J. L. BELL is a Massachusetts writer who specializes in (among other things) the start of the American Revolution in and around Boston. He is particularly interested in the experiences of children in 1765-75. He has published scholarly papers and popular articles for both children and adults. He was consultant for an episode of History Detectives, and contributed to a display at Minute Man National Historic Park.

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Saturday, March 07, 2020

Gingerbread, Cheese, and Spilling the Beans?

Even as some Bostonians crowded Faneuil Hall on 6 Mar 1770 to report threatening encounters with British soldiers, the young French servant Charles Bourgate was telling his story for the first time.

That morning, according to a sympathetic article in the 8 Apr 1771 Boston Evening-Post, Charles went into Joseph Waldron’s shop on Back Street “to buy bread, &c., as usual.”

Waldron was legally a tailor. In August 1767 the selectmen had licensed him to sell distilled spirits from his shop, but he didn’t handle that business. Instead, Waldron had married Elizabeth Bell at the Old South Meeting-House in 1766, and she maintained the shop selling “ginger bread and drams,” and perhaps other comestibles.

Everyone must have been talking about the fatal clash the night before. Charles Bourgate spoke to Elizabeth Waldron—“Showing much anxiety,” the Evening-Post stated. Soon the French boy was “confessing that he had fired two guns, and his master [Edward] Manwaring one, from the first chamber of the custom-house.”

Elizabeth Waldron may have rewarded Charles for his confession. Months later, a fellow prisoner in the Boston jail, James Penny, testified to hearing the boy say that at some time Waldron gave him “gingerbread and cheese, and desired him to swear against his master.” It seems more likely that Waldron felt sympathy after hearing Charles’s story than that she induced him to level a false accusation.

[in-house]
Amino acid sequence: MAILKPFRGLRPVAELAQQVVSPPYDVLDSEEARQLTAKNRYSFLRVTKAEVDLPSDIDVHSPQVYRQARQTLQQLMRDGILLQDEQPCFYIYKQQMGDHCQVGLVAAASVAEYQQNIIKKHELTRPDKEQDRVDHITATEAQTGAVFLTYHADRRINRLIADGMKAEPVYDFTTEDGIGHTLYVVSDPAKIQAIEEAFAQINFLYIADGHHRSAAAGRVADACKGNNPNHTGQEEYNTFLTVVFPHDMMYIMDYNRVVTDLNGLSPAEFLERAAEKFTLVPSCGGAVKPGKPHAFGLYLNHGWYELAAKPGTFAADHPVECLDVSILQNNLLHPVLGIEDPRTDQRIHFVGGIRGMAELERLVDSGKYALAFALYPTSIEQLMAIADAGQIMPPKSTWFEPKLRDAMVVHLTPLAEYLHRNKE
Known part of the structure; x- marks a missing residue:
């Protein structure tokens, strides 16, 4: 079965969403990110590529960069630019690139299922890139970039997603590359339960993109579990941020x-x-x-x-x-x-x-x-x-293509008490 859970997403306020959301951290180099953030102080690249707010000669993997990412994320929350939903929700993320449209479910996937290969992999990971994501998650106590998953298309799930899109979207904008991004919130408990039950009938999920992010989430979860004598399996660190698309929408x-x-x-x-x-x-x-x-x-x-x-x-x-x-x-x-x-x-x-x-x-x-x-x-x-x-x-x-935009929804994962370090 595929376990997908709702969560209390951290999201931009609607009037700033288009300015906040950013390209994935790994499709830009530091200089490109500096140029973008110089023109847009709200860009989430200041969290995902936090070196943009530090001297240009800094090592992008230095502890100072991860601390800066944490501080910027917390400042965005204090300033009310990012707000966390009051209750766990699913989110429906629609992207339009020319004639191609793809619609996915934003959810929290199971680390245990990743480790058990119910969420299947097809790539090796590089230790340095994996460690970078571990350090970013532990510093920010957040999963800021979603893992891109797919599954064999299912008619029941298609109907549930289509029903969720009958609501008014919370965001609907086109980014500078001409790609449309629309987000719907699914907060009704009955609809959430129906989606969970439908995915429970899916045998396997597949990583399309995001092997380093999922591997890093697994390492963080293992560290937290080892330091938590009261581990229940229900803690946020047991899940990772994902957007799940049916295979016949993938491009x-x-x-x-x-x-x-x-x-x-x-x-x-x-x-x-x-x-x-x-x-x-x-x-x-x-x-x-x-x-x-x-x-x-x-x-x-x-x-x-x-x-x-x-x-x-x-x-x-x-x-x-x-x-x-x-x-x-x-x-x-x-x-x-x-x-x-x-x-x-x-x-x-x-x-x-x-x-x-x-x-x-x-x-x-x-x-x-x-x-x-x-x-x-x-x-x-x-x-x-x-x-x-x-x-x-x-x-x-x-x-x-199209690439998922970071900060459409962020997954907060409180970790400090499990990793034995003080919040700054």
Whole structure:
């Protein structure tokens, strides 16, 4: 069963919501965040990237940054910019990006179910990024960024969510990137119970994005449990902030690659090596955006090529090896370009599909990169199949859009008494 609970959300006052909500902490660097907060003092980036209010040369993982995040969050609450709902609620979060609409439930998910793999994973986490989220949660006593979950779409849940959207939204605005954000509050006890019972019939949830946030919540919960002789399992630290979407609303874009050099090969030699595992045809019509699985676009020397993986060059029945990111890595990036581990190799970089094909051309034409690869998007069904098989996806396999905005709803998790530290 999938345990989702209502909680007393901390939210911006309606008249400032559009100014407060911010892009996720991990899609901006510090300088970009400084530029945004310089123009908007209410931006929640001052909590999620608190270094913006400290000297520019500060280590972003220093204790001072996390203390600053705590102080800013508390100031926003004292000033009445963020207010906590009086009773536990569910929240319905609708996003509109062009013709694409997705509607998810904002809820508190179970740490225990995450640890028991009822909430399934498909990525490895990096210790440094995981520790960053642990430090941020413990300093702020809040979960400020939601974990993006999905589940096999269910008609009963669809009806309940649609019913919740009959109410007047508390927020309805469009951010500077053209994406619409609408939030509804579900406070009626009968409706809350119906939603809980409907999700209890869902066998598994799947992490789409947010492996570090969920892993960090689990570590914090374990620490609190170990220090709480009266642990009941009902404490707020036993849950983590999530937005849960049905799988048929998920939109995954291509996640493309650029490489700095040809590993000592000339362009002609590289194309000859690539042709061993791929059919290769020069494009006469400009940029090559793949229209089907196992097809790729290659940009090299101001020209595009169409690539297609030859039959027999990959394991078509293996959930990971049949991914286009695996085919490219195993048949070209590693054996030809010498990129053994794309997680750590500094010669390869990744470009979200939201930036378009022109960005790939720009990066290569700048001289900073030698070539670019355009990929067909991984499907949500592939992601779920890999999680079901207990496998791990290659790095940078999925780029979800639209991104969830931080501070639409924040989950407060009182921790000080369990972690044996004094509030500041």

According to the 18 Mar 1771 Boston Gazette, “Mrs. Waldron…immediately went to Justice Quincy, and declared what she had heard, upon oath.” Edmund Quincy (1703-1788, shown above) was a staunch supporter of the Whigs. Other people were also talking about seeing flashes of gunshots from the Customs house windows.

Word of the French boy’s claim probably got back to Manwaring. Charles later declared that that night “my master licked me…for telling Mrs. Waldron about his firing out of the Custom house.”

Justice Quincy summoned the servant boy for examination. I can’t tell when that happened, but the clues point to Wednesday, 7 March, or the couple of days that followed. Standing before the magistrate, supposedly fearing another licking from his master, Charles denied all that he’d told Mrs. Waldron.

The boy must have denied his previous story quite vehemently because Quincy sent him to jail for “profane Swearing.” Or perhaps that was just the Whig magistrate’s legal excuse to get Charles Bourgate away from his master.

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